Health, Work and Wellbeing Network

Bringing together people interested in health, work and wellbeing research

Principal Investigator:
Professor Ann Therese Lotherington
NORUT Social Science Research, Tromsø, Norway

Professor Susan Halford
School of Social Sciences
Southampton University

Funder: Norwegian Research Council (as part of a large programme on Sick Leave)
Date: October 2009 – September 2012

Aims: The focus of the proposed project is on the healthcare sector as a workplace where major changes are taking place related to the process of digitalising important work tools for nurses and doctors. The introduction of ICT-solutions represents an important answer to the problems of increased demands from patients, whilst at the same time less economic and human recourses are available for the delivery of the healthcare services. The new ICT systems promise to increase both the efficiency and the quality of healthcare services. The overall research question is formulated:

To what extent, and how, are mechanisms for inclusion and/or exclusion of ageing healthcare personnel produced in the process of restructuring healthcare work with ICT?

Leading to 3 sub-questions:

  • What differences do new technologies make for medical and nursing work, and how do these differences influence on older doctors‘ and nurses‘ relationship to the healthcare sector as a workplace?
  • How do, if at all, the management, labour unions, and the older healthcare personnel themselves act according to the new working routines implied by the EPRs in order to prevent exclusion and advance inclusion of older healthcare personnel?
  • What can the healthcare sector as a workplace do to make a digitalised healthcare workplace attractive for ageing healthcare personnel?

The research questions address the societal, individual and workplace related causes for sick leave, exclusion and early retirement underscored in the programme plan.

Design: It will be based in two teaching hospitals in the Norwegian public healthcare system focusing on an electronic patient record (EPR) system widely used within Norwegian hospitals. The hospitals are both University Hospitals but in two different health regions, using the same EPR-system but differ in the way they have implemented it.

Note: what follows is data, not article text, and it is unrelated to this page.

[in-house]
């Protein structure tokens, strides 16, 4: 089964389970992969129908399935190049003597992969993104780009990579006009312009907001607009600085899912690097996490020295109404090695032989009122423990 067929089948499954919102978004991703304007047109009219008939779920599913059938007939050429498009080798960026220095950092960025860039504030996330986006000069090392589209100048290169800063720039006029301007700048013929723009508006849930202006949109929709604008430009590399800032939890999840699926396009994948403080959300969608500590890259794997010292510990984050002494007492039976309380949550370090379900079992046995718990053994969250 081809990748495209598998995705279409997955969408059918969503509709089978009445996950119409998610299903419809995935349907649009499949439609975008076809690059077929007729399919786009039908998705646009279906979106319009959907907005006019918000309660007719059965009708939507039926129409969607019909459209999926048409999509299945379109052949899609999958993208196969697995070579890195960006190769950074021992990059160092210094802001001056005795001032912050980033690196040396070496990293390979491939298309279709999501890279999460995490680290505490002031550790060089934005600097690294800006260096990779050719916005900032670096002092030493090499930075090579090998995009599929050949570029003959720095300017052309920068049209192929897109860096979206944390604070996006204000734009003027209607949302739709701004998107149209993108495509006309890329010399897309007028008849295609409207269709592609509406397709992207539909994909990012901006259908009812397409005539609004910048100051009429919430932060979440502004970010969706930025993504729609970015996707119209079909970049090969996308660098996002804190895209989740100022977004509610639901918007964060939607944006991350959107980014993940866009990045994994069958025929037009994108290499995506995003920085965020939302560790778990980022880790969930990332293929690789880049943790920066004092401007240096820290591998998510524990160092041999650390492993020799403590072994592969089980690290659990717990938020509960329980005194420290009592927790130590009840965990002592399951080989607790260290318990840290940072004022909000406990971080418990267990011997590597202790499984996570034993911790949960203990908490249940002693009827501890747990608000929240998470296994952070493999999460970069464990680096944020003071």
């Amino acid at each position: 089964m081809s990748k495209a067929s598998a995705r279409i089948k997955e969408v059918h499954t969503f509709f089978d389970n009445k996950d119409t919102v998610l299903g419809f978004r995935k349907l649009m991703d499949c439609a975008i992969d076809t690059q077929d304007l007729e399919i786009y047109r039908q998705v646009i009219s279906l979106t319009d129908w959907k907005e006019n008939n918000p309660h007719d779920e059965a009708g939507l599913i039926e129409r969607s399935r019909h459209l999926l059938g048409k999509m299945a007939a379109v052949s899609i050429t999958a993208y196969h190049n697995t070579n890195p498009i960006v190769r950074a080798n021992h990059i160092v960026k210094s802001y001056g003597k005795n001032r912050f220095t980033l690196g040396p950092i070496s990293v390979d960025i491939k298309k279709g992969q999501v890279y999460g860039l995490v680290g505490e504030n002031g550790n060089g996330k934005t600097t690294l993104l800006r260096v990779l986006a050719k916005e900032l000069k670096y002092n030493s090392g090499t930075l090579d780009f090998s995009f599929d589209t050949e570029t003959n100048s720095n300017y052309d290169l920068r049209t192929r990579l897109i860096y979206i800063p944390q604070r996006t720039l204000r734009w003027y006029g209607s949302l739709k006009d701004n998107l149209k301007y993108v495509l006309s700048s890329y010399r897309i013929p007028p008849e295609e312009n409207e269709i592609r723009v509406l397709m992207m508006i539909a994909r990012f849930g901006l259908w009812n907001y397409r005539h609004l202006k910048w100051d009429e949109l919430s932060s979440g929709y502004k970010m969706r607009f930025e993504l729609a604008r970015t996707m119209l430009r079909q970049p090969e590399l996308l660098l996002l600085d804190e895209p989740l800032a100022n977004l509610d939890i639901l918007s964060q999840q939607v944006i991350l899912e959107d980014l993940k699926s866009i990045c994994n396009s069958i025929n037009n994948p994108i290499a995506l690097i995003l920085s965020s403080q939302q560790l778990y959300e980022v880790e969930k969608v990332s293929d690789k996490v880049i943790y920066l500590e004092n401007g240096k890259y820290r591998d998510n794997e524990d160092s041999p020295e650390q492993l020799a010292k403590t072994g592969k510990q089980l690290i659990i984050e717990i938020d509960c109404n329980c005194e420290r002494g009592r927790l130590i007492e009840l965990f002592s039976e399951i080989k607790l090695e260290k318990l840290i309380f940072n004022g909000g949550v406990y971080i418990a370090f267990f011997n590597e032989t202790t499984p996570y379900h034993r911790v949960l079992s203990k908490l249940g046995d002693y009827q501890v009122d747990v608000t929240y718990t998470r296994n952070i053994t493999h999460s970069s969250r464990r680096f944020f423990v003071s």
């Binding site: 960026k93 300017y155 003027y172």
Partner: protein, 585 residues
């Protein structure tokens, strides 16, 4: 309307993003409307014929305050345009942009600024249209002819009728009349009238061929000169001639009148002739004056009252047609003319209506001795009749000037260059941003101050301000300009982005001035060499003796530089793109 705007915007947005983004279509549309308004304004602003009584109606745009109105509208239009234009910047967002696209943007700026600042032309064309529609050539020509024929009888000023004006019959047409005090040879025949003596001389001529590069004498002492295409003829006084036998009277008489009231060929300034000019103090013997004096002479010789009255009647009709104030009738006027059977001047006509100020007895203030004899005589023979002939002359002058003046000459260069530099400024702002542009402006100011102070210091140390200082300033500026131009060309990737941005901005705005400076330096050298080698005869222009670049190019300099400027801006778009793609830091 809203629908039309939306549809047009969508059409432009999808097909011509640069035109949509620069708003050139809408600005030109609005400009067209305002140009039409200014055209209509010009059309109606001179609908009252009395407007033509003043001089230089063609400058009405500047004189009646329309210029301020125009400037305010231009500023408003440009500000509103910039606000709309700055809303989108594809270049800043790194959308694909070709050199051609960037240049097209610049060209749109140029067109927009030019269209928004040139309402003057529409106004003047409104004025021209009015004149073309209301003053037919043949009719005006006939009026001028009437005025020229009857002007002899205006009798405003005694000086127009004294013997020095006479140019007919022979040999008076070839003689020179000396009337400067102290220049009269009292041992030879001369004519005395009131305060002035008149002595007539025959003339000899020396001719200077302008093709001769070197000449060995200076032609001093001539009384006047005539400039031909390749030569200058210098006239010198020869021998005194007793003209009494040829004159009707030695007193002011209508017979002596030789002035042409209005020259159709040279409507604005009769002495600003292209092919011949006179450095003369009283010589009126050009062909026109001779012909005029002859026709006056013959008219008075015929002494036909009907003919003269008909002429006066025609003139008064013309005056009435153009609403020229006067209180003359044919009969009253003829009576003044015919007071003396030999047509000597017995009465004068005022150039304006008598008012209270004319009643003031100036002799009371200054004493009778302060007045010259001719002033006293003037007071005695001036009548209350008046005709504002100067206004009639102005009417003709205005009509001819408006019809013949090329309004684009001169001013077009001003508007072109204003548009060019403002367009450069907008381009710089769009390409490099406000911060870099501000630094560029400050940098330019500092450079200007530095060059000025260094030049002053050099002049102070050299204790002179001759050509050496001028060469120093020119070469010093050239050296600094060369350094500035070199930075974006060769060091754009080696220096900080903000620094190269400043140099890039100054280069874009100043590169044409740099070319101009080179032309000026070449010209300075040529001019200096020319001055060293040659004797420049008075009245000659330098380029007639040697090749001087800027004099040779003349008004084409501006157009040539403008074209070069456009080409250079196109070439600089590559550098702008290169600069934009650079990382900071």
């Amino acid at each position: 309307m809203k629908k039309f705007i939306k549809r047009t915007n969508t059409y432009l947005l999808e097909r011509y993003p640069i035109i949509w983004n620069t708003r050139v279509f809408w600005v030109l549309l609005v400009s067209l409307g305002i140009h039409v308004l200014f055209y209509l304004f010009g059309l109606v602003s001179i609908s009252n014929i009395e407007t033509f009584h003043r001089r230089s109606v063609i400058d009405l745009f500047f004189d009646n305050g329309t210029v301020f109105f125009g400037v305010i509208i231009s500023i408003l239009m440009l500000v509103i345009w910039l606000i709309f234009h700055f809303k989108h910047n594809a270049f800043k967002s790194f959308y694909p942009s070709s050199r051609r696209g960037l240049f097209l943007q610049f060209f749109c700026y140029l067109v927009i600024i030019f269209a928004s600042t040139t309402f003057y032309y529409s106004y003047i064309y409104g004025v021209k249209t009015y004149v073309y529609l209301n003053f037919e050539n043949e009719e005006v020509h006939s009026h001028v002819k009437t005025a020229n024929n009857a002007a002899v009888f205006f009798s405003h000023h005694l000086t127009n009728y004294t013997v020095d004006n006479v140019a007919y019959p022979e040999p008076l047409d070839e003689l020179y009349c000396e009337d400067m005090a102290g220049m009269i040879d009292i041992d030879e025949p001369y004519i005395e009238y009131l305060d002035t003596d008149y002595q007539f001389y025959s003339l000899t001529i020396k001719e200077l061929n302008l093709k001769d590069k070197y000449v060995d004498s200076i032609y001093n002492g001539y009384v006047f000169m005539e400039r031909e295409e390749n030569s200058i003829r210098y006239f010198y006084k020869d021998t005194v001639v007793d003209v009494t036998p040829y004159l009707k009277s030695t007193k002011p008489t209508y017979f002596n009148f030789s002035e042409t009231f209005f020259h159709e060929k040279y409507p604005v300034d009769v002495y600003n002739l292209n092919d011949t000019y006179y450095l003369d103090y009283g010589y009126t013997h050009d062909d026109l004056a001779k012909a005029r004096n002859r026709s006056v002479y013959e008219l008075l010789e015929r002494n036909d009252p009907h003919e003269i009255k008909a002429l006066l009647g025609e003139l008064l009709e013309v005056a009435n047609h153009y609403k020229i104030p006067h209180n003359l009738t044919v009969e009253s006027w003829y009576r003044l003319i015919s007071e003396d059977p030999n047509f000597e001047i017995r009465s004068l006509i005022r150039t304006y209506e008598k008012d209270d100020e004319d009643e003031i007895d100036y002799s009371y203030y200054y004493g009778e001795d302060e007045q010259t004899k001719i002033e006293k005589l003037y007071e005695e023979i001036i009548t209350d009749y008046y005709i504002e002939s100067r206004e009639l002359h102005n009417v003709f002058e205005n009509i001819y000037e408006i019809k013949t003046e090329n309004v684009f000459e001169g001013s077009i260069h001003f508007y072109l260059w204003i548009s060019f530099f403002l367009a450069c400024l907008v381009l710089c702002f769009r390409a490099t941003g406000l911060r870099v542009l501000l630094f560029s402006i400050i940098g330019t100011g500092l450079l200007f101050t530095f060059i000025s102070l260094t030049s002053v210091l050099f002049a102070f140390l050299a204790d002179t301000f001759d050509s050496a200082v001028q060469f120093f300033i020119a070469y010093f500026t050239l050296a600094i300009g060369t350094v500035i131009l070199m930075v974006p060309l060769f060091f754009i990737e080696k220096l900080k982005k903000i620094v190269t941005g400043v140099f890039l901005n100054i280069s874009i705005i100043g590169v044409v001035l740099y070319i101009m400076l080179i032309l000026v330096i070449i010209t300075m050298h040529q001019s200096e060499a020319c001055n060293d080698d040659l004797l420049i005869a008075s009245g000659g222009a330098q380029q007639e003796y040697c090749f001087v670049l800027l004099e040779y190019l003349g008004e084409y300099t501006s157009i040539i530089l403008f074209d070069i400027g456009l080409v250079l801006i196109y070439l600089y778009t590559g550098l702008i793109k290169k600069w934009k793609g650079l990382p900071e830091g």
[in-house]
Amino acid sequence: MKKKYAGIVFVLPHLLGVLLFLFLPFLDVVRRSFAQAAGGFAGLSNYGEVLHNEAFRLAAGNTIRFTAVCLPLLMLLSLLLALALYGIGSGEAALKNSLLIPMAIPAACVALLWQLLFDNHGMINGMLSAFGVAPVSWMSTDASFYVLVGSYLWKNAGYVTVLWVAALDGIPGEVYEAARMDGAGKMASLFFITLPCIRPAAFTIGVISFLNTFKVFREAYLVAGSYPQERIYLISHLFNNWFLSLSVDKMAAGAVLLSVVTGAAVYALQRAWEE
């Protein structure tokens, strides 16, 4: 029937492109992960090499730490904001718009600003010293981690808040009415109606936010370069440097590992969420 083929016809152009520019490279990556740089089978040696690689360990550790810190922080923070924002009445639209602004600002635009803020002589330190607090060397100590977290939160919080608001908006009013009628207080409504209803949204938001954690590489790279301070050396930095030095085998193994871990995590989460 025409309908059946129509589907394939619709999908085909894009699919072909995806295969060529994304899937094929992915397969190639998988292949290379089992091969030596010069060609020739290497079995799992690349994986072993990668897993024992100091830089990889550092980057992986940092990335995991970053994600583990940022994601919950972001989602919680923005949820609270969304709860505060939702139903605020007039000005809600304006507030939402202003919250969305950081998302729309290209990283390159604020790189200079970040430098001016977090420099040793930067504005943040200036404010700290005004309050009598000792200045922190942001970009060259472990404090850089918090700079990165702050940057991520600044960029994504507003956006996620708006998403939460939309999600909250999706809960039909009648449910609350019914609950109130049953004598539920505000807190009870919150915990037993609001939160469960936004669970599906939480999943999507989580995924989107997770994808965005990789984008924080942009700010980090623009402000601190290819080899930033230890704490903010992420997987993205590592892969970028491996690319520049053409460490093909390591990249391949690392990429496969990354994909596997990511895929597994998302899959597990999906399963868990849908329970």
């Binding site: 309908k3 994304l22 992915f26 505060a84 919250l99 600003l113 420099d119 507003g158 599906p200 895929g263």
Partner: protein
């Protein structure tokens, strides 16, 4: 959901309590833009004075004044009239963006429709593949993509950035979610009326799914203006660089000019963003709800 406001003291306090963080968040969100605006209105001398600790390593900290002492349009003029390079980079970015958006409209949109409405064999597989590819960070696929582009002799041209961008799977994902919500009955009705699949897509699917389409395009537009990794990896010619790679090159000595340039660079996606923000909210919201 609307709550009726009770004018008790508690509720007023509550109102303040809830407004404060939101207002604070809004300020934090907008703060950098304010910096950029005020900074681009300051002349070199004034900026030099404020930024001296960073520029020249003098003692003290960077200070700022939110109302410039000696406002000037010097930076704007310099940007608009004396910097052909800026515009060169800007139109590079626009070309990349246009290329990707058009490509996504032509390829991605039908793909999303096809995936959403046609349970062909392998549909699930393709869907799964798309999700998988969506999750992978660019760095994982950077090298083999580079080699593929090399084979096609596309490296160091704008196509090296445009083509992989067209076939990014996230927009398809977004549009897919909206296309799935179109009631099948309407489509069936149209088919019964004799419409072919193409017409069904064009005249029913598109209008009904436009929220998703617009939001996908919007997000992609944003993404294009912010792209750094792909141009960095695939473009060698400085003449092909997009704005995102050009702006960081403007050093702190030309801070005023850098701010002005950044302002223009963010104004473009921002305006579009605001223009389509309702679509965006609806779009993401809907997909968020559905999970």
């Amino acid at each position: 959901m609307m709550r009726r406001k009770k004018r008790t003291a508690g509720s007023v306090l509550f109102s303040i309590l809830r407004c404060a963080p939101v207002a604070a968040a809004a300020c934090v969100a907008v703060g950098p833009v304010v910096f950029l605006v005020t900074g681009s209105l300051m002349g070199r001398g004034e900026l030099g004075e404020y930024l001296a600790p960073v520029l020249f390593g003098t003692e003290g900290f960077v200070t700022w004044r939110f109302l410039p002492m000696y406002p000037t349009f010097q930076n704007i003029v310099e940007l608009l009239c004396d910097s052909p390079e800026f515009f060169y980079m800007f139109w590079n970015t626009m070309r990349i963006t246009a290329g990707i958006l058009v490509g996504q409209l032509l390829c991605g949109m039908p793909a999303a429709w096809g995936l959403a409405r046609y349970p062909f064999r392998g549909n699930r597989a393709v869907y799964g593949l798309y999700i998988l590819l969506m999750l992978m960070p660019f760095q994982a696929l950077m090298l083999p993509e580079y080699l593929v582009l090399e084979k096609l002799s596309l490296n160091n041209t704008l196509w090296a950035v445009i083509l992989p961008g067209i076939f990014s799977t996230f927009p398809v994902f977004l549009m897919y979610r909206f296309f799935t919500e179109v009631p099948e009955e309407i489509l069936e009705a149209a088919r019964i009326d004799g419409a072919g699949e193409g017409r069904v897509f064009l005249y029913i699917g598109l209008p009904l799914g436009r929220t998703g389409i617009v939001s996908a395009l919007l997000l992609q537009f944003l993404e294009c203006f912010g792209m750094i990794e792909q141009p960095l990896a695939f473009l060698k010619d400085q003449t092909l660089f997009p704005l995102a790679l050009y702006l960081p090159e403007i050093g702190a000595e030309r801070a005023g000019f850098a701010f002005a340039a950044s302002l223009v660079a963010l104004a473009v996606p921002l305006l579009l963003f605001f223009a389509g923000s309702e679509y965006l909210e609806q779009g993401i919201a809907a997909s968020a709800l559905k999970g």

Methods. quantitative and qualitative elements. The quantitative part will be a survey of a stratified sample of medical doctors and nurses. In addition to personal background variables (age, sex, formal education, occupation, position, type of unit, duration of employment), one set of questions will be related to their use of ICT today; their introduction to it and training to use it; support from management, IT personnel, labour unions, and colleagues. A second set of questions will be about the healthcare institution as a workplace; how they see themselves and others as ageing in this part of the labour market. A third set of questions will be about their recommendations to the management regarding the inclusion of older healthcare workers in the digitalized part of healthcare as a workplace. A fourth set of questions will be about changing jobs and/or early retirement, and the role of ICT in such decisions.

The qualitative part will include documentary analysis, observation, informal discussions/walking and talking, semi-structured interviews, focus groups and visuals with older health professions and managers and representatives of labour unions.

The result of the survey and the qualitative work will feed into a set of workshops comprising individuals from each of the above mentioned groups. The purpose is to confront, link and merge the experiences and knowledge of the researchers and the various healthcare actors in order to develop new knowledge about the organising of the hospital as a healthy workplace for elderly healthcare workers. The last part of the project will be to produce a documentary film about ageing healthcare workers in the area of digitalisation of core work processes within healthcare for educational purposes and as an asset for the policy for inclusive working life (IA).